Do you have CCleaner software on your device? Update as soon as possible to avoid getting hacked

Do you have CCleaner software on your device? Update as soon as possible to avoid getting hacked

Hackers compromised the popular PC optimisation software CCleaner’s free version in August potentially allowing them to control the device of 2.27 million users.

Unidentified hackers illegally modified software version CCleaner 5.33.6162 during its build process. The software was shipped with a malware which starts running as soon as it is installed at the user’s end. The malware was spotted by Morphisec, a computer security company.

The threat has been mitigated and users have been sent notifications to download a fresh version with the malware removed. “Let me say that the threat has now been resolved in the sense that the rogue server is down, other potential servers are out of the control of the attacker, and we’re moving all existing CCleaner v5.33.6162 users to the latest version. Users of CCleaner Cloud version 1.07.3191 have received an automatic update. In other words, to the best of our knowledge, we were able to disarm the threat before it was able to do any harm,” said Paul Yung, VP Products at Piriform which makes CCleaner.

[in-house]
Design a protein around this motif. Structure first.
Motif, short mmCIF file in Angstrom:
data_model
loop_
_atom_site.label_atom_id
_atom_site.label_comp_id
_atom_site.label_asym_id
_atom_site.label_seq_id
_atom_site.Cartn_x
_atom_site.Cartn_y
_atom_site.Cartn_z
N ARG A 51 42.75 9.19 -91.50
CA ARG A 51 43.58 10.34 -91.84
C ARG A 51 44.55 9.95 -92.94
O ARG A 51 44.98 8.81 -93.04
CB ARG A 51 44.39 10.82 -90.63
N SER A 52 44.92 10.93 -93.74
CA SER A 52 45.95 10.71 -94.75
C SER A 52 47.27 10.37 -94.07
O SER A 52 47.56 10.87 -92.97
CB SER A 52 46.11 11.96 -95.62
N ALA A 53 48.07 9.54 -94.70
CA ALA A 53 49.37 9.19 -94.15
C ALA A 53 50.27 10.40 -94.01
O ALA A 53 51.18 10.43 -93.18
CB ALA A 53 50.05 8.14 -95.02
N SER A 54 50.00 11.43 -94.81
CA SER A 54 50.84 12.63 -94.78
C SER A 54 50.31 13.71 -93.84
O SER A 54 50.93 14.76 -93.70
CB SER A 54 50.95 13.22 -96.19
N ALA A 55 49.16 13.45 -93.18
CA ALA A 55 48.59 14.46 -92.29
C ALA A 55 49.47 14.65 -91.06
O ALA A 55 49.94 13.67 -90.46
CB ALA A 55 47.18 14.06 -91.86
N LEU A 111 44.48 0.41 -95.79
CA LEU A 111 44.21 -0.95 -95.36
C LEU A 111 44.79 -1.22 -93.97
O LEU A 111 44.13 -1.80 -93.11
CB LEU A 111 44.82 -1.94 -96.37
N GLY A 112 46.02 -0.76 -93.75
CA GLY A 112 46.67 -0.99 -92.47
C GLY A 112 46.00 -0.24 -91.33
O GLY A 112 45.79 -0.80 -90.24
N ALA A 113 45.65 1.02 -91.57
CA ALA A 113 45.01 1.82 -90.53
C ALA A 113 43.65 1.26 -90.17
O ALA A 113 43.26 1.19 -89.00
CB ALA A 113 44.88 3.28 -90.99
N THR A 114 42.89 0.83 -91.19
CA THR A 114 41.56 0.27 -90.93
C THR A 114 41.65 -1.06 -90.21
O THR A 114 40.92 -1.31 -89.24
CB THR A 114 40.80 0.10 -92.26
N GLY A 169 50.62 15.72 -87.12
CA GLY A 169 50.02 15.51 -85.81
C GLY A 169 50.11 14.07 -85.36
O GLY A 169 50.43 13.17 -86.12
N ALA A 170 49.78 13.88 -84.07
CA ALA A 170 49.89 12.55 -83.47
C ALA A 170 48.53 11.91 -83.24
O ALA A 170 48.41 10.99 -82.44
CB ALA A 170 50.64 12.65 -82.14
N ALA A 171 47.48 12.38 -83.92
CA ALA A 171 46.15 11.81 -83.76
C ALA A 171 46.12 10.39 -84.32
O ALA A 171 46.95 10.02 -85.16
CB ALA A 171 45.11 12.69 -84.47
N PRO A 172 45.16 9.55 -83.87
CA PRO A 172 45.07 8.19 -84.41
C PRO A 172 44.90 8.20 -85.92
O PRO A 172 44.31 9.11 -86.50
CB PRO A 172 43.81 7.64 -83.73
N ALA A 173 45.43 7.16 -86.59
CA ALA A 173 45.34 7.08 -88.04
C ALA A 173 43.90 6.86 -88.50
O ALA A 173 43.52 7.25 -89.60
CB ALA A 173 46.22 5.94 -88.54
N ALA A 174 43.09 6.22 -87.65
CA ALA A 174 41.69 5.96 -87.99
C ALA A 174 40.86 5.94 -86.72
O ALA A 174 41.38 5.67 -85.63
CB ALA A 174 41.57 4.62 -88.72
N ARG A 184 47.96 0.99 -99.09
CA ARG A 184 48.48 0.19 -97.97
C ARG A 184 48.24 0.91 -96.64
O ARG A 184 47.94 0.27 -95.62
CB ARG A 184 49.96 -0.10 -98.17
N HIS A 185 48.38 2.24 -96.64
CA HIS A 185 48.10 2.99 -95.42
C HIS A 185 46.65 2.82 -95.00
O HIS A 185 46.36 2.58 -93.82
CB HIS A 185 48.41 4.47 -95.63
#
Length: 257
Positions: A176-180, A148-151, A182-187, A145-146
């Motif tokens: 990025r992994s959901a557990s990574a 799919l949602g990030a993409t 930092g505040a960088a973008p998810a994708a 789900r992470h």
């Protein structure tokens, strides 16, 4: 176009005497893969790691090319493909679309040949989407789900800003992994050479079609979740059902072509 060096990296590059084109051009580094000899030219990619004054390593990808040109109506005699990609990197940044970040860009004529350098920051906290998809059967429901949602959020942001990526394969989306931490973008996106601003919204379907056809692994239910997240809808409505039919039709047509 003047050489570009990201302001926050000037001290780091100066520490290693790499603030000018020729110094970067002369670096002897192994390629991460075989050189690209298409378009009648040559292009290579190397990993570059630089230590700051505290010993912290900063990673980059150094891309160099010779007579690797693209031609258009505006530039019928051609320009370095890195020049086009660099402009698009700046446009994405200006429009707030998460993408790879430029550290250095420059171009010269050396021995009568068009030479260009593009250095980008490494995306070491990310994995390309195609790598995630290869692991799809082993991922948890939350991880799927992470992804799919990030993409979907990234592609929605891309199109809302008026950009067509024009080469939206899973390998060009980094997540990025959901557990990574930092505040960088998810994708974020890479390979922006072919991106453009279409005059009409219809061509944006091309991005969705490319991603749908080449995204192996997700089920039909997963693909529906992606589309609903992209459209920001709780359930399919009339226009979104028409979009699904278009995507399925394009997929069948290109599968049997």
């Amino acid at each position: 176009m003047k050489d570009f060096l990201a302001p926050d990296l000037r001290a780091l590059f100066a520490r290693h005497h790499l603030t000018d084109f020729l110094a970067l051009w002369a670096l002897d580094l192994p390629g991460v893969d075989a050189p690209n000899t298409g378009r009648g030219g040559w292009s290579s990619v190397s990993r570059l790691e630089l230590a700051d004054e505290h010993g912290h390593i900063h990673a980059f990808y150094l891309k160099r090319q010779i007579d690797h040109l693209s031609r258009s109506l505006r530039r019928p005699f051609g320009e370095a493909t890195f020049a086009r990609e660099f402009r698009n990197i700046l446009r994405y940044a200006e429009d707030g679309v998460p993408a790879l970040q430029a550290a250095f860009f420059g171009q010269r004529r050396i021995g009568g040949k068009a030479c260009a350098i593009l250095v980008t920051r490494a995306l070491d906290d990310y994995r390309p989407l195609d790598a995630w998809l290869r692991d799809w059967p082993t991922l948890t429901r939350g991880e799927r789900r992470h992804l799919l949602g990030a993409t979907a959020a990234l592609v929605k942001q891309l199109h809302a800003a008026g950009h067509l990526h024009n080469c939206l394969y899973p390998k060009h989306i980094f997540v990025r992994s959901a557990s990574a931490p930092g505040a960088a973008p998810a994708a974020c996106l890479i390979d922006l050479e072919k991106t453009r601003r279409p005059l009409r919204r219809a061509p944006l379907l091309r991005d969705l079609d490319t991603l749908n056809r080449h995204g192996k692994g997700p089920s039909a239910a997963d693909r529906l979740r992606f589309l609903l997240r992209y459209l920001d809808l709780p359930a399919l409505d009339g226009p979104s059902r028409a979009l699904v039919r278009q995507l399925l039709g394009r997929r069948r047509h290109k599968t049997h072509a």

The hackers could collect details about a user’s computer via the malware. The code which was inserted in the build collected: Name of the computer, list of installed software, including Windows updates, list of running processes, MAC addresses of first three network adapters among other things.

The parent company of Piriform, Avast Software refuted the claims that 2 billion users were affected by the breach. “As only two smaller distribution products (the 32-bit and cloud versions, Windows only) were compromised, the actual number of users affected by this incident was 2.27 million. And due to the proactive approach to update as many users as possible, we are now down to 730,000 users still using the affected version (5.33.6162). These users should upgrade even though they are not at risk as the malware has been disabled on the server side,” Vince Steckler, CEO of the company wrote in a blog post.

Avast said that they ‘strongly suspect’ that the breach happened at the time when Piriform was a standalone company. Avast acquired Piriform on July 18, 2017.